Of the 80 disorders diagnosed in adulthood for which sex ratios are provided, 35 are said to be more common in men than in women (17 of which are substance related or a paraphilia), 31 are said to be more common in women than men, and 14 are said to be equally common in both sexes.

Female jealousy is more likely to be inspired by emotional infidelity, male jealousy is most likely to be brought on by sexual infidelity: 

62% to 86% of women reported that they would be more bothered by emotional infidelity and 47% to 60% of men reported that they would be more bothered by sexual infidelity.

The gender similarities hypothesis, holds that that males and females are similar on most, but not all, psychological variables. 

The cognitive variables of reading comprehension, mathematics, communication (talkativeness, facial expressions), social and personality (aggression, sexuality), psychological well-being, and motor behaviors are similar among the genders: a review of 46 meta-analyses, found that 78% of gender differences are  small or close to zero. 

Some motor behaviors (such as throwing distance) and some aspects of sexuality (such as attitudes about casual sex), show the largest gender differences. 

Variations within genders are greater than variations between genders.

There is a significant female advantage in time on the lexicon  and on the temperament scale of social-verbal tempo, and a male advantage on the temperament scale of physical endurance which were more pronounced in young age groups and faded in older groups. 

A one-dimensional approach to sex differences overlooks a possible interaction of sex differences with age.

Men commit more criminal acts than women.

Self-reported delinquent acts are also higher for men than women across many different actions.

Evolutionary neuroandrogenic theory posits that sexual selection has led to increased exposure to testosterone in males, causing greater competitive behavior which could lead to criminality.

The difference in crime rates between men and women might be due to social and cultural factors, crimes going unreported, or to biological factors (testosterone or sociobiological theories). 

Men can have an overwhelming bias against reporting themselves to be the victims of a crime, particularly when victimized by a woman, and some studies have argued that men reporting intimate partner violence find disadvantageous biases in law enforcement.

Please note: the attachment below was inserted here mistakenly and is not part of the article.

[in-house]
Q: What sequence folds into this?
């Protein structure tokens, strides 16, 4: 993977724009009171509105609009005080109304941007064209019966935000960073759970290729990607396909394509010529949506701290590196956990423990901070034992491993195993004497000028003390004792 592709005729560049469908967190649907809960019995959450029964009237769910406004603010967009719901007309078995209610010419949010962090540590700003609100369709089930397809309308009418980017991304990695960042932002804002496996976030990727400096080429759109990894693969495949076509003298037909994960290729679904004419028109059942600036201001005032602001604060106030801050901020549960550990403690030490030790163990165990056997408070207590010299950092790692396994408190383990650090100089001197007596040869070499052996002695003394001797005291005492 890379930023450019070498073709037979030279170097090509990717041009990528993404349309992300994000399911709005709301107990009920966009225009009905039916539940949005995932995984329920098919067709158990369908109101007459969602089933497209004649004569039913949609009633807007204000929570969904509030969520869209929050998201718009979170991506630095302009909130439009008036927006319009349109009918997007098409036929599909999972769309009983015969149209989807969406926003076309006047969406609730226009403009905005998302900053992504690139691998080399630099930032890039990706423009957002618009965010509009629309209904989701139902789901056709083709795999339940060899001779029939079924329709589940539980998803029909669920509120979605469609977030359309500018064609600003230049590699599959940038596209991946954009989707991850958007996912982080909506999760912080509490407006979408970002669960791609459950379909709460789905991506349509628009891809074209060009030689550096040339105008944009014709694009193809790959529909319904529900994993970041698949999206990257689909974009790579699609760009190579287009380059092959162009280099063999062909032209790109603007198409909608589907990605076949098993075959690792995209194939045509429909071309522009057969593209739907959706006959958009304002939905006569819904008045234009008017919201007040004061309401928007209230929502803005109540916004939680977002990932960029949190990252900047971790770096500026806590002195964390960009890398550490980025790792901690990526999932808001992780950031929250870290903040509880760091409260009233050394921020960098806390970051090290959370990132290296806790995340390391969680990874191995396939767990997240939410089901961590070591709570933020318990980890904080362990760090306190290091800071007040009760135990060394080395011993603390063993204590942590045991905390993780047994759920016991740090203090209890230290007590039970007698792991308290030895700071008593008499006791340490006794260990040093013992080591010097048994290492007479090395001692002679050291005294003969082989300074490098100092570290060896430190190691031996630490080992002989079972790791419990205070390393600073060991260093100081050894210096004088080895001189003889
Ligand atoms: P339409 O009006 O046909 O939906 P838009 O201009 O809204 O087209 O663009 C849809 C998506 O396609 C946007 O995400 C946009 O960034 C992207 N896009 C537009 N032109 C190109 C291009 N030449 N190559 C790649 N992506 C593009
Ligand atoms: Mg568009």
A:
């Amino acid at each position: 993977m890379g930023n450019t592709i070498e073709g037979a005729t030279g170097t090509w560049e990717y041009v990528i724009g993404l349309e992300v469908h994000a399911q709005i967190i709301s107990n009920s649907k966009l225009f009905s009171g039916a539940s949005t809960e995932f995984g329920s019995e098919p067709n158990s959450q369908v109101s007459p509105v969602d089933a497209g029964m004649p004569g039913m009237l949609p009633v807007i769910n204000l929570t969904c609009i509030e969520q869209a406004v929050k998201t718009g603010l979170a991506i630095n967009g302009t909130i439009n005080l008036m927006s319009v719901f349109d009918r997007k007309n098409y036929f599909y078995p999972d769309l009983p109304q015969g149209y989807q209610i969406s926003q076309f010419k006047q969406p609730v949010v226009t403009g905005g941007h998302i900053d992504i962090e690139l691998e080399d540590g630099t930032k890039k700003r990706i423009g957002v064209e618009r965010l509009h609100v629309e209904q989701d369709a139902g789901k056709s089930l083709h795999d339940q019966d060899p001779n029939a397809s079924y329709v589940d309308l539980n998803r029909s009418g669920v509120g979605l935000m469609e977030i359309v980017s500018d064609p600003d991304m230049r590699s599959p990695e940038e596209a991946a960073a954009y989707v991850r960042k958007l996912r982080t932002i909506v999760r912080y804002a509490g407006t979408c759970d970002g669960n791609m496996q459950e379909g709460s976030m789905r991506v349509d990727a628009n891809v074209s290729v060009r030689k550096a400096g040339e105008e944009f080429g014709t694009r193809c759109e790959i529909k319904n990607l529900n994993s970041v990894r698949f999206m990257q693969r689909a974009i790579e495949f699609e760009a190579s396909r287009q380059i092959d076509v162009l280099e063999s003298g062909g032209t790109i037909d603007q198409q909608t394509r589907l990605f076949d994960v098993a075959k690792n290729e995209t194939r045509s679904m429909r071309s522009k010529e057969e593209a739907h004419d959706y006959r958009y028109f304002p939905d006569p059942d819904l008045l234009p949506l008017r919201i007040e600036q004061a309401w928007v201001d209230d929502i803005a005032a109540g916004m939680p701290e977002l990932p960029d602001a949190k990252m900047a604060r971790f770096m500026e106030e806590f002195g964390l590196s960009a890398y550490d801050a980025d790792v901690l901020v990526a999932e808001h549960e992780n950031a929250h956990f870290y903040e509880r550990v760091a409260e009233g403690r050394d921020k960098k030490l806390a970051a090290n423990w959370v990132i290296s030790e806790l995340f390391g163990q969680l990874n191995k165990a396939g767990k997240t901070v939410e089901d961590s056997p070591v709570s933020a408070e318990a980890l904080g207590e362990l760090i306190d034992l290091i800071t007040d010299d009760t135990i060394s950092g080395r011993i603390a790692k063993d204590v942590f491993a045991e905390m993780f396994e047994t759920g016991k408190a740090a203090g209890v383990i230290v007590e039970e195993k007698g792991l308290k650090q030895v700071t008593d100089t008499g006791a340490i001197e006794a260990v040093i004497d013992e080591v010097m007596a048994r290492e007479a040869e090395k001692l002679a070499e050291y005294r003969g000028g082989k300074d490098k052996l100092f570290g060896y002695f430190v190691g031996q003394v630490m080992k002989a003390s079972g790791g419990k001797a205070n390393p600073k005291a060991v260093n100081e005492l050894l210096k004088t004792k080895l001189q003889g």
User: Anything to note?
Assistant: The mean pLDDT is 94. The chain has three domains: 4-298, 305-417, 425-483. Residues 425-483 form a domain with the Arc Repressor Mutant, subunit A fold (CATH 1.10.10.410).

Low levels of self control are associated with criminal activity.

Sex differences in educational achievement may be caused by sex discrimination in law or culture, or may reflect natural differences in the interests of the sexes.

Leadership positions continue to be dominated by men.

Sex differences in religion can be classified as internal or external.

Internal religious issues are studied from the perspective of a given religion, and include:  religious beliefs and practices about the roles and rights of men and women in government, education and worship; beliefs about the sex or gender of deities and religious figures; and beliefs about the origin and meaning of human gender. 

External religious issues are the examination of a given religion from an outsider’s perspective, including possible clashes between religious leaders and laity.

Religious perspectives have either endorsed or condemned alternative family structures, homosexual relationships, and abortion.

Sex differences in social capital relate to differences between men and women in their ability to coordinate actions and achieve their aims through trust, norms and networks.

There are highly asymmetric rates of suicide and suicide attempts between males and females: gender paradox of suicidal behavior.

Males die much more often by means of suicide than females do.

Numerous studies have found that women tend to be financially more risk-averse than men and hold safer portfolios.

Due to factors such as socialization, males are typically more likely to focus on self, upside potential, aggressiveness in investments, and females typically focus on others, downside potential, and nurturing, explaining many financial decision making outcomes.